Reports that economic sanctions against Russia "are likely to be imposed within days" must be making a number of American CEOs very nervous, as such a move could cut off companies from a major, growing market. Here’s a rundown on some of the biggest U.S. companies that could be impacted:
Pepsi had nearly $5 billion in net revenue in Russia in 2012, accounding for 7.42 percent of their total net revenue, and the country also represents one of Pepsi’s fastest-growing markets. The company has been buying up Russian firms, including a $5.4 billion acquisition of the leading dairy producer in 2010.
Coca Cola Company
Coke does not disclose its net revenues in Russia, but still has a large presence there. In 2011, it reported 3 percent growth in beverage volumes in the country. In 2011, it partnered with a global bottler, Coca-Cola Hellenic, in which it owns a 23 percent stake, to invest $5 billion in Russia through 2016.
Exxon’s annual report contained limited information about its activity in Russia, but the oil giant signed an agreement in 2011 with Russian state-run oil company Rosneft to drill in the Arctic. The firms were supposed to begin drilling their first well this year. The lucrative crude up there could be worth hundreds of billions of dollars. From 2000 to 2011, Exxon also invested $10 billion in its Russian operations.
GM sold 258,000 vehicles in Russia last year, for a market share of more than 9 percent. That’s slightly down from its 288,000 in sales in 2012 and accounts for less than 3 percent of their vehicle sales worldwide. GM also has production facilities in Russia and announced a five-year, $1 billion investment there in 2012.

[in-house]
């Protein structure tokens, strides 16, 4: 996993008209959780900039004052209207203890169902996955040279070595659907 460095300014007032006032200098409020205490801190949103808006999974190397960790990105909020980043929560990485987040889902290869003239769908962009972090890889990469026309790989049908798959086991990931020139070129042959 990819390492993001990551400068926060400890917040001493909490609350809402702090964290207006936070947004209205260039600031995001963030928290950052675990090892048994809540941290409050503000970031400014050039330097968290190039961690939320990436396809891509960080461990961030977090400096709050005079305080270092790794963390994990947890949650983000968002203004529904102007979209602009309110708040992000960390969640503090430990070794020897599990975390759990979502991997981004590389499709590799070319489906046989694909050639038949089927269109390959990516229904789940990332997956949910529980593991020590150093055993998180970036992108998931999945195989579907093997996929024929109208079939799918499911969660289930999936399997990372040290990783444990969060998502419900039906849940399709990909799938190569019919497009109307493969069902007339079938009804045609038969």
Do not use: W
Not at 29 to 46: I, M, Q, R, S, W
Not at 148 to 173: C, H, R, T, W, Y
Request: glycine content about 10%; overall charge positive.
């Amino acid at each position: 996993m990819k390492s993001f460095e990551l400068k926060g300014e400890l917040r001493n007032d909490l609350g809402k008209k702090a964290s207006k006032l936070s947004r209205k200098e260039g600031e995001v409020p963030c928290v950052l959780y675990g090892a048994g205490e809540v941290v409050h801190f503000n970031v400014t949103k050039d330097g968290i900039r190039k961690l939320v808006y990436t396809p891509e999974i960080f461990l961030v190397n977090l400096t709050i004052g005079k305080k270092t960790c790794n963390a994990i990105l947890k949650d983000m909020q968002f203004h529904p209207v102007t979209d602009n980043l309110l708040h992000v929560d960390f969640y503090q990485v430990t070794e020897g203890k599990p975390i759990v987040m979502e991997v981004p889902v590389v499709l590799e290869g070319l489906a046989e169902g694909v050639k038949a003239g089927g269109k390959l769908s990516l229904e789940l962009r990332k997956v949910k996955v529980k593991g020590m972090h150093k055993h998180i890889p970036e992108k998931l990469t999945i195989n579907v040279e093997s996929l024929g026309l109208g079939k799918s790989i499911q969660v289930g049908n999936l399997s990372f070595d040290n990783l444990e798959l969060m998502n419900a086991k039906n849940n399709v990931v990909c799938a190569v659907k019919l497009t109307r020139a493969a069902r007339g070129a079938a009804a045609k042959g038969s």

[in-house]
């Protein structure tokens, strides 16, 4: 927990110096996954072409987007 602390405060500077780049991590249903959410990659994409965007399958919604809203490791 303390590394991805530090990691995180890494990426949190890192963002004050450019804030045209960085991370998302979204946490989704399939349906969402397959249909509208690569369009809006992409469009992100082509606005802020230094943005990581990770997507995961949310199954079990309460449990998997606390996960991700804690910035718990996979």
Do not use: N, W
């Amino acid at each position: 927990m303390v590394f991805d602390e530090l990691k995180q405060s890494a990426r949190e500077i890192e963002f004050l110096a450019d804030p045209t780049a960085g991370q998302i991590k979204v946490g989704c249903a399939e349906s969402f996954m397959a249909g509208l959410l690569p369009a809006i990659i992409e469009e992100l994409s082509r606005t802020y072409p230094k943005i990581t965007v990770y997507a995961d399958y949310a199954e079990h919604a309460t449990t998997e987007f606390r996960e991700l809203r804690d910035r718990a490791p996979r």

Ford has less of a presence in Russia than GM does, having sold 105,000 vehicles there in 2013 for a reported market share of 3.8 percent. Ford also has manufacturing facilities in Russia. Like GM, Ford had been looking to increase its investment in Russia and invested $1.4 billion in a partnership with the Russian Sollis in 2011.
The U.S. Chamber of Commerce estimated that U.S. exports of goods and services to Russia in 2011 was more than $10 billion. That’s not much compared to the $2.1 trillion in total exports that American companies did that year. Nevertheless, Russia is an emerging market with growing incomes, and U.S. companies have been actively looking to increase their investment there in recent years. Companies like Pepsi, Coke, and Ford will be reluctant to support any economic sanctions that dig into their bottom line, especially if the European Union refuses to implement their own sanctions. Since the U.S. and Russia do very little business together (only $30 billion in 2013), any unilateral sanctions from the U.S. will only have a marginal economic effect, although they may offer symbolic value as well.
Danny Vinik is a staff writer at The New Republic.